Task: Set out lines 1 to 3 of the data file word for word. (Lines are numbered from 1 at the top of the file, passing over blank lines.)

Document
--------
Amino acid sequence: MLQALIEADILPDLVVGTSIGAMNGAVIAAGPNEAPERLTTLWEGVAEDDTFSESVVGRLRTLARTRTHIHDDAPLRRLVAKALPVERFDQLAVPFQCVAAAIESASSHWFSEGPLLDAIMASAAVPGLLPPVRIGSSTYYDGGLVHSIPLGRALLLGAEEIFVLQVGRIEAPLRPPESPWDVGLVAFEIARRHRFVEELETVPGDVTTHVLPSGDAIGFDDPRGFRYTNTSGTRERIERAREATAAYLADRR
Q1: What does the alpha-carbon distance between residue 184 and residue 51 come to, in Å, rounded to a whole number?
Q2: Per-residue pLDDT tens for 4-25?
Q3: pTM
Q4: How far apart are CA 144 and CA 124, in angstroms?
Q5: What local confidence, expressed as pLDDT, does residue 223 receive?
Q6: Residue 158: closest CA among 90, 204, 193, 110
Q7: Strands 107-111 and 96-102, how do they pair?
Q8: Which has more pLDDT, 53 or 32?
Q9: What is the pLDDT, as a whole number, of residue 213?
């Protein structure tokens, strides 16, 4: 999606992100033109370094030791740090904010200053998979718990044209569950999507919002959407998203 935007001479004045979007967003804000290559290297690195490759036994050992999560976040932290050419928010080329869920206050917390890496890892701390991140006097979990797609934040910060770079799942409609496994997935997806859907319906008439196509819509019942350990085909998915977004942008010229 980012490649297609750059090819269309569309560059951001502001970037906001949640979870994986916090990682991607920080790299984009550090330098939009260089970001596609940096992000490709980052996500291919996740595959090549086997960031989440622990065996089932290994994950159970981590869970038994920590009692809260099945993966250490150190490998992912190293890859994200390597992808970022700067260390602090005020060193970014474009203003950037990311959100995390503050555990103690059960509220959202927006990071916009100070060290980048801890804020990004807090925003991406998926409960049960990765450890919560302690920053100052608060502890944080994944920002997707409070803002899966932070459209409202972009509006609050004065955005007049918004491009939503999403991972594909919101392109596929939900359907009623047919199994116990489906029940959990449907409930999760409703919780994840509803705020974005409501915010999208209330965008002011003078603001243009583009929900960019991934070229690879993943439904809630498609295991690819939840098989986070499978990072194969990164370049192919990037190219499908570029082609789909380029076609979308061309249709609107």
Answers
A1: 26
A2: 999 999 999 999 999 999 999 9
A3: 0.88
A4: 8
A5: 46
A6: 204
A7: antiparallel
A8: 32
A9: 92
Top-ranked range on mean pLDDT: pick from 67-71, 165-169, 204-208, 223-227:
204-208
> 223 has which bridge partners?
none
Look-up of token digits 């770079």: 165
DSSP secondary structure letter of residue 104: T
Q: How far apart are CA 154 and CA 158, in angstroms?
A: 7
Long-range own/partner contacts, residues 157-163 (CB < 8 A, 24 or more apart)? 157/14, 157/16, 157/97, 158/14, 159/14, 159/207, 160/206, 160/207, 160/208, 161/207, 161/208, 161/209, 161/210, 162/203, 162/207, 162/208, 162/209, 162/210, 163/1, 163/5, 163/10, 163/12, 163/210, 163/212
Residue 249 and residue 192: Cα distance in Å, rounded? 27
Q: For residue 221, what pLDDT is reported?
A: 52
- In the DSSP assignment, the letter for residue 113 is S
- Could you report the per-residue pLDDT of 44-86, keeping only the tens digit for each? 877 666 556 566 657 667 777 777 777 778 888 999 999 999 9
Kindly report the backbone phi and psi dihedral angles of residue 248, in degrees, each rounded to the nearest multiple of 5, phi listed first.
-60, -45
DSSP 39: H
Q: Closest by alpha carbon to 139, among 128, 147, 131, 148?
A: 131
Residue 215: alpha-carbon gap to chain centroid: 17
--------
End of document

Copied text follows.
Amino acid sequence: MLQALIEADILPDLVVGTSIGAMNGAVIAAGPNEAPERLTTLWEGVAEDDTFSESVVGRLRTLARTRTHIHDDAPLRRLVAKALPVERFDQLAVPFQCVAAAIESASSHWFSEGPLLDAIMASAAVPGLLPPVRIGSSTYYDGGLVHSIPLGRALLLGAEEIFVLQVGRIEAPLRPPESPWDVGLVAFEIARRHRFVEELETVPGDVTTHVLPSGDAIGFDDPRGFRYTNTSGTRERIERAREATAAYLADRR
Q1: What does the alpha-carbon distance between residue 184 and residue 51 come to, in Å, rounded to a whole number?
Q2: Per-residue pLDDT tens for 4-25?